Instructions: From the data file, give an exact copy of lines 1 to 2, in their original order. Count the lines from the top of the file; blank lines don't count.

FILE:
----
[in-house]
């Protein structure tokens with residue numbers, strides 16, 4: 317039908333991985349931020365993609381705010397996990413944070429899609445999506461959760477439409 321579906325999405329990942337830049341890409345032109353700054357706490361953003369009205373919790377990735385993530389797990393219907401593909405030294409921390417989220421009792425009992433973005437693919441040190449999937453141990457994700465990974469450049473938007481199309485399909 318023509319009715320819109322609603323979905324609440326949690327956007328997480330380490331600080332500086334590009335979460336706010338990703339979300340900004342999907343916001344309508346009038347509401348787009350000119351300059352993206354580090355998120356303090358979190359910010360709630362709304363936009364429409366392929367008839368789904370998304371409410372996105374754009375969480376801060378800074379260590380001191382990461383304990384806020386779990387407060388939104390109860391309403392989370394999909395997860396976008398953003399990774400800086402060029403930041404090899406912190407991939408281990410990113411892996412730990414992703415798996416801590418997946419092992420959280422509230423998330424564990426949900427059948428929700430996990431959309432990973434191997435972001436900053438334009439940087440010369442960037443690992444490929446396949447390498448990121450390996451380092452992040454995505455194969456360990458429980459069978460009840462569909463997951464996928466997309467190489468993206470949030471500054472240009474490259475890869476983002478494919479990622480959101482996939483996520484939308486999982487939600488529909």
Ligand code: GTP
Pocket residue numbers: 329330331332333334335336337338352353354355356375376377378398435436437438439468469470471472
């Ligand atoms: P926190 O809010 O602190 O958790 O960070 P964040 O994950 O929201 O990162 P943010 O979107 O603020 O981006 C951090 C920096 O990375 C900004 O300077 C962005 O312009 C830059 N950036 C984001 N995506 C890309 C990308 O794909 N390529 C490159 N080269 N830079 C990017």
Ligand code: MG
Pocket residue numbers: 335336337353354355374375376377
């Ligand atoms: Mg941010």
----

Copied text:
[in-house]
């Protein structure tokens with residue numbers, strides 16, 4: 317039908333991985349931020365993609381705010397996990413944070429899609445999506461959760477439409 321579906325999405329990942337830049341890409345032109353700054357706490361953003369009205373919790377990735385993530389797990393219907401593909405030294409921390417989220421009792425009992433973005437693919441040190449999937453141990457994700465990974469450049473938007481199309485399909 318023509319009715320819109322609603323979905324609440326949690327956007328997480330380490331600080332500086334590009335979460336706010338990703339979300340900004342999907343916001344309508346009038347509401348787009350000119351300059352993206354580090355998120356303090358979190359910010360709630362709304363936009364429409366392929367008839368789904370998304371409410372996105374754009375969480376801060378800074379260590380001191382990461383304990384806020386779990387407060388939104390109860391309403392989370394999909395997860396976008398953003399990774400800086402060029403930041404090899406912190407991939408281990410990113411892996412730990414992703415798996416801590418997946419092992420959280422509230423998330424564990426949900427059948428929700430996990431959309432990973434191997435972001436900053438334009439940087440010369442960037443690992444490929446396949447390498448990121450390996451380092452992040454995505455194969456360990458429980459069978460009840462569909463997951464996928466997309467190489468993206470949030471500054472240009474490259475890869476983002478494919479990622480959101482996939483996520484939308486999982487939600488529909």